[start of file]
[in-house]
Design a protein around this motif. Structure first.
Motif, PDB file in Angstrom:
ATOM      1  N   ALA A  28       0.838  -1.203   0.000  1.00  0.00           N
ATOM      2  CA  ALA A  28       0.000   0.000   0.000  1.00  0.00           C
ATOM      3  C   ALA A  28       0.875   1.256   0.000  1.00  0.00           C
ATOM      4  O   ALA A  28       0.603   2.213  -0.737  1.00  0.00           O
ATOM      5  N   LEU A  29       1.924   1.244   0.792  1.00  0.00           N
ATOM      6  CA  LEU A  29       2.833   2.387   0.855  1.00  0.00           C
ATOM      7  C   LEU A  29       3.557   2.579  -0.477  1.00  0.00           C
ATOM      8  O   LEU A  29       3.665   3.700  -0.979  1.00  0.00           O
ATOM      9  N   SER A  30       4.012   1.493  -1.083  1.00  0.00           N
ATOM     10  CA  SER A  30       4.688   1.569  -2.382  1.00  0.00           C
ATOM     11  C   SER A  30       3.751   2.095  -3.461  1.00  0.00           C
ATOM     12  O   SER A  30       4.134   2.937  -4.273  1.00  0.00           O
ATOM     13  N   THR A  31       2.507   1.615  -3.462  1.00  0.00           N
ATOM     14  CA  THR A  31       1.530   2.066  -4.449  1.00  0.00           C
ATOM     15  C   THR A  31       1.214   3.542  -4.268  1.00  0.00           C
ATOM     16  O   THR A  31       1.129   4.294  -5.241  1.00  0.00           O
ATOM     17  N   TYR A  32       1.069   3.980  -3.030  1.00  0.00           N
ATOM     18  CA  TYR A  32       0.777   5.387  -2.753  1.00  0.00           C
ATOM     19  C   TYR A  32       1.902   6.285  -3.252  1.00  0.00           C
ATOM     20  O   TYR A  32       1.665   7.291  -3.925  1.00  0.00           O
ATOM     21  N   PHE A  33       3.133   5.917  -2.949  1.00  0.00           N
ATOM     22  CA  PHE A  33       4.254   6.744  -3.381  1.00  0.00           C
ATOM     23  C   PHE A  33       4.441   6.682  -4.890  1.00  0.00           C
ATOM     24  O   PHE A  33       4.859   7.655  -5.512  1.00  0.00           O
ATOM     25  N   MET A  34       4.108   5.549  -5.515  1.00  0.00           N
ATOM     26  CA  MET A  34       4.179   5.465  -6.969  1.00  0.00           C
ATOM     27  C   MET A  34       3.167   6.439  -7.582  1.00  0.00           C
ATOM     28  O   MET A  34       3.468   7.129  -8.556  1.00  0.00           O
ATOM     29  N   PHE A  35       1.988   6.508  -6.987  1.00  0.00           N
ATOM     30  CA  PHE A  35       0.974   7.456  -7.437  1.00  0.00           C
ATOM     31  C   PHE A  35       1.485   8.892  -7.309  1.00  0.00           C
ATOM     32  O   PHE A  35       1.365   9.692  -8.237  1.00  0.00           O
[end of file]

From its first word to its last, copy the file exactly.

[in-house]
Design a protein around this motif. Structure first.
Motif, PDB file in Angstrom:
ATOM      1  N   ALA A  28       0.838  -1.203   0.000  1.00  0.00           N
ATOM      2  CA  ALA A  28       0.000   0.000   0.000  1.00  0.00           C
ATOM      3  C   ALA A  28       0.875   1.256   0.000  1.00  0.00           C
ATOM      4  O   ALA A  28       0.603   2.213  -0.737  1.00  0.00           O
ATOM      5  N   LEU A  29       1.924   1.244   0.792  1.00  0.00           N
ATOM      6  CA  LEU A  29       2.833   2.387   0.855  1.00  0.00           C
ATOM      7  C   LEU A  29       3.557   2.579  -0.477  1.00  0.00           C
ATOM      8  O   LEU A  29       3.665   3.700  -0.979  1.00  0.00           O
ATOM      9  N   SER A  30       4.012   1.493  -1.083  1.00  0.00           N
ATOM     10  CA  SER A  30       4.688   1.569  -2.382  1.00  0.00           C
ATOM     11  C   SER A  30       3.751   2.095  -3.461  1.00  0.00           C
ATOM     12  O   SER A  30       4.134   2.937  -4.273  1.00  0.00           O
ATOM     13  N   THR A  31       2.507   1.615  -3.462  1.00  0.00           N
ATOM     14  CA  THR A  31       1.530   2.066  -4.449  1.00  0.00           C
ATOM     15  C   THR A  31       1.214   3.542  -4.268  1.00  0.00           C
ATOM     16  O   THR A  31       1.129   4.294  -5.241  1.00  0.00           O
ATOM     17  N   TYR A  32       1.069   3.980  -3.030  1.00  0.00           N
ATOM     18  CA  TYR A  32       0.777   5.387  -2.753  1.00  0.00           C
ATOM     19  C   TYR A  32       1.902   6.285  -3.252  1.00  0.00           C
ATOM     20  O   TYR A  32       1.665   7.291  -3.925  1.00  0.00           O
ATOM     21  N   PHE A  33       3.133   5.917  -2.949  1.00  0.00           N
ATOM     22  CA  PHE A  33       4.254   6.744  -3.381  1.00  0.00           C
ATOM     23  C   PHE A  33       4.441   6.682  -4.890  1.00  0.00           C
ATOM     24  O   PHE A  33       4.859   7.655  -5.512  1.00  0.00           O
ATOM     25  N   MET A  34       4.108   5.549  -5.515  1.00  0.00           N
ATOM     26  CA  MET A  34       4.179   5.465  -6.969  1.00  0.00           C
ATOM     27  C   MET A  34       3.167   6.439  -7.582  1.00  0.00           C
ATOM     28  O   MET A  34       3.468   7.129  -8.556  1.00  0.00           O
ATOM     29  N   PHE A  35       1.988   6.508  -6.987  1.00  0.00           N
ATOM     30  CA  PHE A  35       0.974   7.456  -7.437  1.00  0.00           C
ATOM     31  C   PHE A  35       1.485   8.892  -7.309  1.00  0.00           C
ATOM     32  O   PHE A  35       1.365   9.692  -8.237  1.00  0.00           O